It was the fate of [Eastern European] borderland nations always to know yourself through the stories of others, to realize yourself only with the help of others. —Anne Applebaum in “Between East and West: Across the Borderlands of Europe”
I think about this often… The complex impacts of geography, culture, and history on identity.
In fact, at a recent racism awareness training session in New England we watched THE COLOR OF FEAR, where they discuss a central concept of North American “White” racial identity as being privileged to NOT have to think about race in society. (Sort of the dominant “default” or “normal” status.)
On the other hand, it seems like in Central & Eastern Europe, “white” slavic people tend to define themselves almost entirely in relation (or comparison) to other ethnic groups.
THE COLOR OF FEAR clip = http://www.youtube.com/watch?v=-vAbpJW_xEc
@Marek: I would differentiate racial, ethnic, and national identity. The salience of each differs by country, culture, and continent. Central/Eastern Europeans identify by ethnicity and nation because those are the categories most relevant there. In fact, the definition of every nation begins with a negative: what we are not. Slovaks = not Hungarian, not Czech. Ukrainians = not Russian, not Ruthenian, not Polish. Americans = not English. Race is much more salient in the U.S., for historical reasons. I don’t pretend to know enough about it to comment.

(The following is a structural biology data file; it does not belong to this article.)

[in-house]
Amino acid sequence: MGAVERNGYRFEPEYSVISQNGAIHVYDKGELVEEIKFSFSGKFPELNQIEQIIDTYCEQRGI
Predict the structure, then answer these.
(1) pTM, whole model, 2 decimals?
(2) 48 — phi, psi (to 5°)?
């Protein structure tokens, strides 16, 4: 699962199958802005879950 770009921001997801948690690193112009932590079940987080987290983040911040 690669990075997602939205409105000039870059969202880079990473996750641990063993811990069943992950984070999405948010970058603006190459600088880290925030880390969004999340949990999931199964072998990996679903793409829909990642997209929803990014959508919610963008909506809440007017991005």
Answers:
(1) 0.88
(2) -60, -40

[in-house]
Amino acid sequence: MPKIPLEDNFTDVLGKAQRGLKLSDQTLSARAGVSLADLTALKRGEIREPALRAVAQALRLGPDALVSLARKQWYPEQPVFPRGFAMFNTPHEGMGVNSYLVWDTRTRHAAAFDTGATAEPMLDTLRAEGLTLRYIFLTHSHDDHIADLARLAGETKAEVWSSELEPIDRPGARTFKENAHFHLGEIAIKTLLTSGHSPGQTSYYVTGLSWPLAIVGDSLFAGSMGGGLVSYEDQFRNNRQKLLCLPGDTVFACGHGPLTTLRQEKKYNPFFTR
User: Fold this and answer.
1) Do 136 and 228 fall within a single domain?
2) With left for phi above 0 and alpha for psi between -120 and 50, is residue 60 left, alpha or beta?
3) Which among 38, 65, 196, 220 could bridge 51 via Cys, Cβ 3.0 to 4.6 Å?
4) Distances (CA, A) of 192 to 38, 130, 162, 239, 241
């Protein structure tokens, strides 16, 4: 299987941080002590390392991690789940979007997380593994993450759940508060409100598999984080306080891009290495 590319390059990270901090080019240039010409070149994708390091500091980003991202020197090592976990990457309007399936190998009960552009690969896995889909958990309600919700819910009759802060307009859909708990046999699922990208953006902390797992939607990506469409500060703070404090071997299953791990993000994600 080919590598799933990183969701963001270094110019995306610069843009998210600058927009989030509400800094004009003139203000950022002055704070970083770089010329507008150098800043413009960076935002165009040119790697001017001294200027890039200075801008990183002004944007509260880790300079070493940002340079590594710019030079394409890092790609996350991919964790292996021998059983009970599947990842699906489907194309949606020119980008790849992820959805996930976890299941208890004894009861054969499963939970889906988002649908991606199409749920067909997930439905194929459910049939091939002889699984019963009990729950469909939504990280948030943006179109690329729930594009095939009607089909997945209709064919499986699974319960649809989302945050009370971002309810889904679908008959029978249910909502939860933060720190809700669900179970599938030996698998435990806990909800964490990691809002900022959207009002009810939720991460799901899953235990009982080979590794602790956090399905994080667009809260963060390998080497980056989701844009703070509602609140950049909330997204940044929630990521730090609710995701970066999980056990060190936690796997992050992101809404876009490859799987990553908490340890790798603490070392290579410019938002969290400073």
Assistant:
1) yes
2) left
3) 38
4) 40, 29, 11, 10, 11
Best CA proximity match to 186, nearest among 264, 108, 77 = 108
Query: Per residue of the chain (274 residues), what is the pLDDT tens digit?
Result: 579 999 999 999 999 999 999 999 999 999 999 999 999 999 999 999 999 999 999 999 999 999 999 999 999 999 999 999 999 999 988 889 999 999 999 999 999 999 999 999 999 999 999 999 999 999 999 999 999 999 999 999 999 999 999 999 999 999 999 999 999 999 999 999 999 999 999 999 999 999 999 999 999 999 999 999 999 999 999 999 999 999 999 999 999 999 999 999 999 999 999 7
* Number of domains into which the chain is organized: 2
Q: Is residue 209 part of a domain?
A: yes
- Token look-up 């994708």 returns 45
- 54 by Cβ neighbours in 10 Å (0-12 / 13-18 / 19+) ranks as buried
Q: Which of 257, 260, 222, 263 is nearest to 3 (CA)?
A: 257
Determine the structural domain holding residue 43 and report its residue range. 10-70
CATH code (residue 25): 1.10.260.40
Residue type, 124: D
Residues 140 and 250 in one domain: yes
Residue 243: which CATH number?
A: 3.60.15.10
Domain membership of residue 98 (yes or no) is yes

The quote from Anne Applebaum’s book (review coming soon) referred specifically to Ukrainians, but it applies in many areas of Central/Eastern Europe. If history is written by the victors, Central/Eastern Europeans have been under one Empire or another, living many different histories. I recently reviewed Anna Porter’s “The Ghosts of Europe” where she shows that history is not settled in Central Europe, except now it’s factions within these countries themselves who argue over what happened.